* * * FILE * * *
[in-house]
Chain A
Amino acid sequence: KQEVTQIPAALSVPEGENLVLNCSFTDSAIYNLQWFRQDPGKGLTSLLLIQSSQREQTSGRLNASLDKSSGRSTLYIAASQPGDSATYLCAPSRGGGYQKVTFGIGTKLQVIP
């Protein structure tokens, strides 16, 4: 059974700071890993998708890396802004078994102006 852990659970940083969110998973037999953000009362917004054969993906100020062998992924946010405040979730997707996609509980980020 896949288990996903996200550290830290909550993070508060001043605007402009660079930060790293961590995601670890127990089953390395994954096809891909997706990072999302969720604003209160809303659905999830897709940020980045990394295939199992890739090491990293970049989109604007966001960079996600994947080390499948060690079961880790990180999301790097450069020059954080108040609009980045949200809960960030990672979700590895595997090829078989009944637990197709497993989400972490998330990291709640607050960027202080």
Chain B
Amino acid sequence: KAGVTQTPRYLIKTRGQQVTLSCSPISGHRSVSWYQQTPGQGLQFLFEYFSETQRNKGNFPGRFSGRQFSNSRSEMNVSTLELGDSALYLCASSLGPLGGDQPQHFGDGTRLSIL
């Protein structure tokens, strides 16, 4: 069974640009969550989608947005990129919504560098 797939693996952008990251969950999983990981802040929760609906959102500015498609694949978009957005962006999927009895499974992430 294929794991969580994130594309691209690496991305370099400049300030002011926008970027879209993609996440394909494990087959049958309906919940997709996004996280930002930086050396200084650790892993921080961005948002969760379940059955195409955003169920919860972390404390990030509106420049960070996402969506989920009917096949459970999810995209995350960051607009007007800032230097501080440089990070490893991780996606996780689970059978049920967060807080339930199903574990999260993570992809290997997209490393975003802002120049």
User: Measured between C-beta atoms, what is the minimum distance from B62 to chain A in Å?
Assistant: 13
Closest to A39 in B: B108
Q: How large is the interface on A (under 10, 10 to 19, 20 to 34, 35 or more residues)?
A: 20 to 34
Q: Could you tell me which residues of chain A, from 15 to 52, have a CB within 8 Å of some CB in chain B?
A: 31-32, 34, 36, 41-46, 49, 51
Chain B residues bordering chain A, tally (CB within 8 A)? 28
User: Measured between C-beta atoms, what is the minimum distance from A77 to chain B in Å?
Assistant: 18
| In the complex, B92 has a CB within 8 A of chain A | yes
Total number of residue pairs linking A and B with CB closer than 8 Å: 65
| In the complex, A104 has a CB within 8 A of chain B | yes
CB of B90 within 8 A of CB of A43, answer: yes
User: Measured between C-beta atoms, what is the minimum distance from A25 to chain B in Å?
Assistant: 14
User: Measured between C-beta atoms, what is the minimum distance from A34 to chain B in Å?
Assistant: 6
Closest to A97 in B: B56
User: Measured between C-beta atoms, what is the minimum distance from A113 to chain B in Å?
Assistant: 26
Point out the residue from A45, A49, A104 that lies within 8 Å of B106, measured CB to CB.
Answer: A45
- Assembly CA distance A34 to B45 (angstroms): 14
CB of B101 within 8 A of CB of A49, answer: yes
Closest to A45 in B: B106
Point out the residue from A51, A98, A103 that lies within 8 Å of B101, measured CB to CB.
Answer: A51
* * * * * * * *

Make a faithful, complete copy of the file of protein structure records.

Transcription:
[in-house]
Chain A
Amino acid sequence: KQEVTQIPAALSVPEGENLVLNCSFTDSAIYNLQWFRQDPGKGLTSLLLIQSSQREQTSGRLNASLDKSSGRSTLYIAASQPGDSATYLCAPSRGGGYQKVTFGIGTKLQVIP
């Protein structure tokens, strides 16, 4: 059974700071890993998708890396802004078994102006 852990659970940083969110998973037999953000009362917004054969993906100020062998992924946010405040979730997707996609509980980020 896949288990996903996200550290830290909550993070508060001043605007402009660079930060790293961590995601670890127990089953390395994954096809891909997706990072999302969720604003209160809303659905999830897709940020980045990394295939199992890739090491990293970049989109604007966001960079996600994947080390499948060690079961880790990180999301790097450069020059954080108040609009980045949200809960960030990672979700590895595997090829078989009944637990197709497993989400972490998330990291709640607050960027202080």
Chain B
Amino acid sequence: KAGVTQTPRYLIKTRGQQVTLSCSPISGHRSVSWYQQTPGQGLQFLFEYFSETQRNKGNFPGRFSGRQFSNSRSEMNVSTLELGDSALYLCASSLGPLGGDQPQHFGDGTRLSIL
């Protein structure tokens, strides 16, 4: 069974640009969550989608947005990129919504560098 797939693996952008990251969950999983990981802040929760609906959102500015498609694949978009957005962006999927009895499974992430 294929794991969580994130594309691209690496991305370099400049300030002011926008970027879209993609996440394909494990087959049958309906919940997709996004996280930002930086050396200084650790892993921080961005948002969760379940059955195409955003169920919860972390404390990030509106420049960070996402969506989920009917096949459970999810995209995350960051607009007007800032230097501080440089990070490893991780996606996780689970059978049920967060807080339930199903574990999260993570992809290997997209490393975003802002120049």
User: Measured between C-beta atoms, what is the minimum distance from B62 to chain A in Å?
Assistant: 13
Closest to A39 in B: B108
Q: How large is the interface on A (under 10, 10 to 19, 20 to 34, 35 or more residues)?
A: 20 to 34
Q: Could you tell me which residues of chain A, from 15 to 52, have a CB within 8 Å of some CB in chain B?
A: 31-32, 34, 36, 41-46, 49, 51
Chain B residues bordering chain A, tally (CB within 8 A)? 28
User: Measured between C-beta atoms, what is the minimum distance from A77 to chain B in Å?
Assistant: 18
| In the complex, B92 has a CB within 8 A of chain A | yes
Total number of residue pairs linking A and B with CB closer than 8 Å: 65
| In the complex, A104 has a CB within 8 A of chain B | yes
CB of B90 within 8 A of CB of A43, answer: yes
User: Measured between C-beta atoms, what is the minimum distance from A25 to chain B in Å?
Assistant: 14
User: Measured between C-beta atoms, what is the minimum distance from A34 to chain B in Å?
Assistant: 6
Closest to A97 in B: B56
User: Measured between C-beta atoms, what is the minimum distance from A113 to chain B in Å?
Assistant: 26
Point out the residue from A45, A49, A104 that lies within 8 Å of B106, measured CB to CB.
Answer: A45
- Assembly CA distance A34 to B45 (angstroms): 14
CB of B101 within 8 A of CB of A49, answer: yes
Closest to A45 in B: B106
Point out the residue from A51, A98, A103 that lies within 8 Å of B101, measured CB to CB.
Answer: A51